Mr Musyoka said Prof Mbiti was a foremost scholar from Ukambani, who took his doctorate at the University of Cambridge in 1963 at the age of 32, and went on to become the director of World Council of Churches' Ecumenical Institute in Switzerland.

NOTORIOUSLY RELIGIOUS

"He held visiting professorships at universities across the world and published extensively on philosophy, theology and African oral traditions," said the Wiper party leader.

Interestingly, on the day Prof Mbiti died, US-based Kenyan lawyer, Prof Makau Mutua, had dedicated his Sunday Nation column to his theological work on how Africans were "notoriously religious".

"It was perhaps a premonition, but a bad one. Even so am glad I unknowingly honoured Prof Mbiti in the column on the day he left us," Prof Mutua told the Nation yesterday, adding the theology scholar was unquestionably the leading African religious philosopher of our time.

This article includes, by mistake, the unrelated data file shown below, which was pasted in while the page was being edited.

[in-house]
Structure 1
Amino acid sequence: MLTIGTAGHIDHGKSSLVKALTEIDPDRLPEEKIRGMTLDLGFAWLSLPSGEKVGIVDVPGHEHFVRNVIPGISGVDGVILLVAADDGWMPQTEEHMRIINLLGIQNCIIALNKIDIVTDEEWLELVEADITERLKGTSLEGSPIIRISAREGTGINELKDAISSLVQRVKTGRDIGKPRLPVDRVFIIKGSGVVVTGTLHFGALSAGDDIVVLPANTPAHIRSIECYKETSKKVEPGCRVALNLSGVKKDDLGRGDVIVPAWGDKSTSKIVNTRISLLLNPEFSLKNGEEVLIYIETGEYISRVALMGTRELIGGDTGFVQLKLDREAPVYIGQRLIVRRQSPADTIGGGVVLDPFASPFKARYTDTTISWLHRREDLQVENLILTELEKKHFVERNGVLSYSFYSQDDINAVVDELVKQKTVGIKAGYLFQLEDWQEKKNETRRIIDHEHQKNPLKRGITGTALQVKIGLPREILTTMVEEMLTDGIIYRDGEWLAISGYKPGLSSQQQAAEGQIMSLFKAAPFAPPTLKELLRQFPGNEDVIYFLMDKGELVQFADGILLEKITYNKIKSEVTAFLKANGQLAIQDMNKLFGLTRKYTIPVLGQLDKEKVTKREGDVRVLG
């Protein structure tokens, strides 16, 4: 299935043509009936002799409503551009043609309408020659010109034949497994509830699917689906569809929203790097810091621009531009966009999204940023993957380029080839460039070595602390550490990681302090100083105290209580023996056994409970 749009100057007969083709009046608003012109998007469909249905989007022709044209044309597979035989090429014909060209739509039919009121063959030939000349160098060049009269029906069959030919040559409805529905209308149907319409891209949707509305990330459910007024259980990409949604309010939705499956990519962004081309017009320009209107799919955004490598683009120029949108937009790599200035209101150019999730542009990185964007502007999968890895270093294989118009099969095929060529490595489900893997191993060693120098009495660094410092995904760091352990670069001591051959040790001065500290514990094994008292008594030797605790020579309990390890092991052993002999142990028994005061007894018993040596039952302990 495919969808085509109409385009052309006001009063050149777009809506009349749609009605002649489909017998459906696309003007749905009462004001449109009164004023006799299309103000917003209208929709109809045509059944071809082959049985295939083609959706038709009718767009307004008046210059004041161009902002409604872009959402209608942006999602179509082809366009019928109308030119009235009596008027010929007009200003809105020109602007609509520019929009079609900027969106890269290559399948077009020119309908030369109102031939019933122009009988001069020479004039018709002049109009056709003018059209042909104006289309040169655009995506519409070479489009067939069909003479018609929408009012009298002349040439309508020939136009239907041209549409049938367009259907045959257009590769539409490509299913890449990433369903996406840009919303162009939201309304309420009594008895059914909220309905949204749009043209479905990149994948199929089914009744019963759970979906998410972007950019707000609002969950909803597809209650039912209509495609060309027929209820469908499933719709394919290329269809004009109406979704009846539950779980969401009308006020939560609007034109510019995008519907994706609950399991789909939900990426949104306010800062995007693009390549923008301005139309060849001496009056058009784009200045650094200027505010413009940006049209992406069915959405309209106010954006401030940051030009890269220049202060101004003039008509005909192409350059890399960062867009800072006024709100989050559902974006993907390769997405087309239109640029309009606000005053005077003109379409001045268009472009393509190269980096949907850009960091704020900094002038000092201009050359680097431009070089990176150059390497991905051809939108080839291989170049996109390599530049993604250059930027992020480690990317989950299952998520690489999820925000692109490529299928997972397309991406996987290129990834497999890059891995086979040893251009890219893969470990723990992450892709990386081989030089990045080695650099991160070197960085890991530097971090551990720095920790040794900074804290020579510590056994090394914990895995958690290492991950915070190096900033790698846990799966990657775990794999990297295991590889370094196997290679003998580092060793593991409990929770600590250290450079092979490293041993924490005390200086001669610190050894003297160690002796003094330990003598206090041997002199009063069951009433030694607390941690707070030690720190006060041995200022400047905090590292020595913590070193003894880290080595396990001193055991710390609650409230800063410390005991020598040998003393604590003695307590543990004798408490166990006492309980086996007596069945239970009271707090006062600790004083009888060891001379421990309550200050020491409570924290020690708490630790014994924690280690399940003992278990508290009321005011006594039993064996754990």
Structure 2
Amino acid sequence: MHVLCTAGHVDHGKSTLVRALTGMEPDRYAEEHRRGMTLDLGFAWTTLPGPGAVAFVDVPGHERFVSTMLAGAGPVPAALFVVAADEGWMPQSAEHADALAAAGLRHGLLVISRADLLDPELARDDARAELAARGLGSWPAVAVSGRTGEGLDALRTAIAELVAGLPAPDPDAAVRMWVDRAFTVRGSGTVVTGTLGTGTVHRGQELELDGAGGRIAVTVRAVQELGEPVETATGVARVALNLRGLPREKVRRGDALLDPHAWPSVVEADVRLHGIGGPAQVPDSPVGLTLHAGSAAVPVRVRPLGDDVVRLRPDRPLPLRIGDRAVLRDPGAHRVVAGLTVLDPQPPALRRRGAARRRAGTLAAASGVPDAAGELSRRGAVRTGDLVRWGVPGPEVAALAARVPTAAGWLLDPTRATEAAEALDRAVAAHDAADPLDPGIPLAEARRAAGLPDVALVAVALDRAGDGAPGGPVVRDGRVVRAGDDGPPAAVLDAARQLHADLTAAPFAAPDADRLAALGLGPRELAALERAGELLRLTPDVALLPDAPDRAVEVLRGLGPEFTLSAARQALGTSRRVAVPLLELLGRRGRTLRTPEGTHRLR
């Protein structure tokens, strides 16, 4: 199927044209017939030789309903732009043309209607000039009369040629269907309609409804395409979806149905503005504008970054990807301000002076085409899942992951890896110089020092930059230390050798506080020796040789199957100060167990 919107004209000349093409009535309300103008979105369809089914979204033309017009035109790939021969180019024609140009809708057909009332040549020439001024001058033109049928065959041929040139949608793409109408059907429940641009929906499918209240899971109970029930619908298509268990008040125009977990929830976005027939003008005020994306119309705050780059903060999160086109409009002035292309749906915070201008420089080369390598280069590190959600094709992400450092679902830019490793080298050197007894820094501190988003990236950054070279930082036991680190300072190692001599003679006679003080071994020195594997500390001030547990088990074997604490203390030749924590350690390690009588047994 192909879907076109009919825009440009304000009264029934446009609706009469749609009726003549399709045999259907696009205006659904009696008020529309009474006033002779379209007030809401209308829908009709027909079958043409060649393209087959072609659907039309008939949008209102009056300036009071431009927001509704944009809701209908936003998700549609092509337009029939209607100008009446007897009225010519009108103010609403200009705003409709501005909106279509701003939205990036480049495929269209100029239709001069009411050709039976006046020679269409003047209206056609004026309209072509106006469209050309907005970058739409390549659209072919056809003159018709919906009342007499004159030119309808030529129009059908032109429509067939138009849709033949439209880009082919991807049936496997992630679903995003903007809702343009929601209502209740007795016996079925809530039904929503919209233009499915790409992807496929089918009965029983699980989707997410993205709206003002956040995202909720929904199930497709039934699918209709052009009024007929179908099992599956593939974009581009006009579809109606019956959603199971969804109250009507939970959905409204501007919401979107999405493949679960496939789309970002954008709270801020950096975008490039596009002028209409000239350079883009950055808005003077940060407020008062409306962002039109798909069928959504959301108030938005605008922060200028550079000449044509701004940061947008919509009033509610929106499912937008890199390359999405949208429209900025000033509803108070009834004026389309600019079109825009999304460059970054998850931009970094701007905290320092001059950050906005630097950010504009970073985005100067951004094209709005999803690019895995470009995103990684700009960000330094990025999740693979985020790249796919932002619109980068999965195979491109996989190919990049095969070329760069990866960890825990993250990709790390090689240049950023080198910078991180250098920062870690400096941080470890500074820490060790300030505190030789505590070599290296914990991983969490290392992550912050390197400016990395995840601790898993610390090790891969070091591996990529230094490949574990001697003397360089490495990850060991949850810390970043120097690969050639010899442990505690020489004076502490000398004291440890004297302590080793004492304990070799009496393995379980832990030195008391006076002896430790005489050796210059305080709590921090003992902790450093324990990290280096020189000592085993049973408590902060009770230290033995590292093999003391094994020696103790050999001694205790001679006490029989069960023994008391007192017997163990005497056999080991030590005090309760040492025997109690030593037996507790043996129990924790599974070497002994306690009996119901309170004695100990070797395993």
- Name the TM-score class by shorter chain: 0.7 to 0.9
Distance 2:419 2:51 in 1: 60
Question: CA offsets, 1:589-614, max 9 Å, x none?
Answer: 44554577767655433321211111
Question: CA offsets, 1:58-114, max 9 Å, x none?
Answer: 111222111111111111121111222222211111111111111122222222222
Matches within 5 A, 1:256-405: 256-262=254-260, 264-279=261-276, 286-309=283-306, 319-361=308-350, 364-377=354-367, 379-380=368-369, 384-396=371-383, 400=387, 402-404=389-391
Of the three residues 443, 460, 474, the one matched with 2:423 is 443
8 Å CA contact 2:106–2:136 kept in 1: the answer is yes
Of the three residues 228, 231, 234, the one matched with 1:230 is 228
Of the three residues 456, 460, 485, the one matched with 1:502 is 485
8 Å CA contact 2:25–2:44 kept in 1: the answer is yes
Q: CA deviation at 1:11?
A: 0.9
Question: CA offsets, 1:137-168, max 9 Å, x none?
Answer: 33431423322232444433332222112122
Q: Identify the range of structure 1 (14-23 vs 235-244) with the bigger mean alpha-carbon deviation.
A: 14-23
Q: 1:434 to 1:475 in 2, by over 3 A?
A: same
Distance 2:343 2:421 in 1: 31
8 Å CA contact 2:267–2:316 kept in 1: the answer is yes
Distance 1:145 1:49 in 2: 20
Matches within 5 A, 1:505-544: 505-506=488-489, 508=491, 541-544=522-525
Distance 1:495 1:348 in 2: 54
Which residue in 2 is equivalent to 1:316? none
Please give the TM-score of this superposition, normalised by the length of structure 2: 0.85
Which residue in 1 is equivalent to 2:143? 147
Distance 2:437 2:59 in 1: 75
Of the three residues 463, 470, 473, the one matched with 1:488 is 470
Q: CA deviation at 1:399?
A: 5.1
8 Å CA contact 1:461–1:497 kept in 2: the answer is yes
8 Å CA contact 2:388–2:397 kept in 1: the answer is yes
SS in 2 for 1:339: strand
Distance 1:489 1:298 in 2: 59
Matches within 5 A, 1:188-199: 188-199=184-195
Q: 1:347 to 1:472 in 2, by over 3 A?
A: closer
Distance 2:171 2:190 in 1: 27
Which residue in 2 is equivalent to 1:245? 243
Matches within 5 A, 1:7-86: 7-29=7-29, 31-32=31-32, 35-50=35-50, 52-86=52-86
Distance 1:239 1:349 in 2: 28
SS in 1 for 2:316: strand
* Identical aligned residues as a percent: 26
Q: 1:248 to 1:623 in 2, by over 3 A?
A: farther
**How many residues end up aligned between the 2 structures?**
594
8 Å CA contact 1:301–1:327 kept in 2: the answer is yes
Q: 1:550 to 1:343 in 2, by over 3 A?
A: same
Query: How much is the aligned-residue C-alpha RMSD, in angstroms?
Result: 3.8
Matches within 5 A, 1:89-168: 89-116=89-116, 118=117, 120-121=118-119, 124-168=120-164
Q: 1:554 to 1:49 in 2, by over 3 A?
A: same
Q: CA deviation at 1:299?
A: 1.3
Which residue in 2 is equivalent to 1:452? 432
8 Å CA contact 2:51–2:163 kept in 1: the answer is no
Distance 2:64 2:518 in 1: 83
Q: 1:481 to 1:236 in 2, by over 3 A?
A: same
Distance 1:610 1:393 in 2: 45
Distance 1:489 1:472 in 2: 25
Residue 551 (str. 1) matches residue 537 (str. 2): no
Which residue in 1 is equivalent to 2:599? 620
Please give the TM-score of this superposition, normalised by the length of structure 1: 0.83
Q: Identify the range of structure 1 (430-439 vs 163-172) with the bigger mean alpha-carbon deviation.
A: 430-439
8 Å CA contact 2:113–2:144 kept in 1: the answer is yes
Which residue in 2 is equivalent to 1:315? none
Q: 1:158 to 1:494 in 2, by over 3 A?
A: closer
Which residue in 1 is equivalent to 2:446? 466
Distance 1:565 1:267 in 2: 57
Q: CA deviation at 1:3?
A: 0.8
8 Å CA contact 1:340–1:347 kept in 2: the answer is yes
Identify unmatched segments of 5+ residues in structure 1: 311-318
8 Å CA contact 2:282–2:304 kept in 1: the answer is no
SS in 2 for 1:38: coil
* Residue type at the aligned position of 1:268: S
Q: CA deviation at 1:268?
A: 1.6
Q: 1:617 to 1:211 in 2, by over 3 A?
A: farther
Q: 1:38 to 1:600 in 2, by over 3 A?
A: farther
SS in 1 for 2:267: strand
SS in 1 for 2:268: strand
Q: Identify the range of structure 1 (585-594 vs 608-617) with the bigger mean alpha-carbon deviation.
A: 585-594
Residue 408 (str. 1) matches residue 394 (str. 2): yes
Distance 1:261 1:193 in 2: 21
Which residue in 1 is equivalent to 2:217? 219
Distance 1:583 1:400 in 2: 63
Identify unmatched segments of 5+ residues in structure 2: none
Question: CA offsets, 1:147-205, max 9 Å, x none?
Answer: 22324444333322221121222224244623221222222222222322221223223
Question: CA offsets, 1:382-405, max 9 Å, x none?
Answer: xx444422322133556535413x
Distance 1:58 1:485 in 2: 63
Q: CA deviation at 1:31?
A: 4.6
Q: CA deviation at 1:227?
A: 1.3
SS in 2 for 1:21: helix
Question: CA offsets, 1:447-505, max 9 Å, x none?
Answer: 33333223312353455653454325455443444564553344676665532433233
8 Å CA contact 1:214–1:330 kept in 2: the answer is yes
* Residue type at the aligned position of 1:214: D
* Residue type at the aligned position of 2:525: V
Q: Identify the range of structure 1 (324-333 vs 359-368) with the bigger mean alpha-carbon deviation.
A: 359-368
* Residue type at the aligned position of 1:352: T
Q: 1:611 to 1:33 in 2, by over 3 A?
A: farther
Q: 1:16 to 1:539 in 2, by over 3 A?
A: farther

Prof Kibwana, who co-authored Kamba poetry with the scholar titled Ngaeka Waeka, mourned him as a friend, a mentor and a father.

Ms Ngilu said Kitui had lost a great son whose work had shaped the thinking of not only African communities but the entire world.

LEGACY

In 2003, he scrutinised the Kamba version of the Bible and compared it with the original Greek script, setting in motion events that eventually saw him translating it.

In an earlier interview with this writer in 2015, when he delivered a public lecture at South Eastern Kenya University in Kitui County, Prof Mbiti said he had noticed significant gaps between the Greek and Kamba Bible versions which prompted his corrections of the latter.

"When I compared the existing Kamba Bible version of the New Testament with the Greek text, I noted more than 1000 mistakes. This prompted me to begin the work of correcting the gaps by translating the Bible into my mother tongue," Prof Mbiti said.

Prof Mbiti explained that the mistakes arose from the fact that the existing African versions of the Bible were translated from subsequent English and other European versions.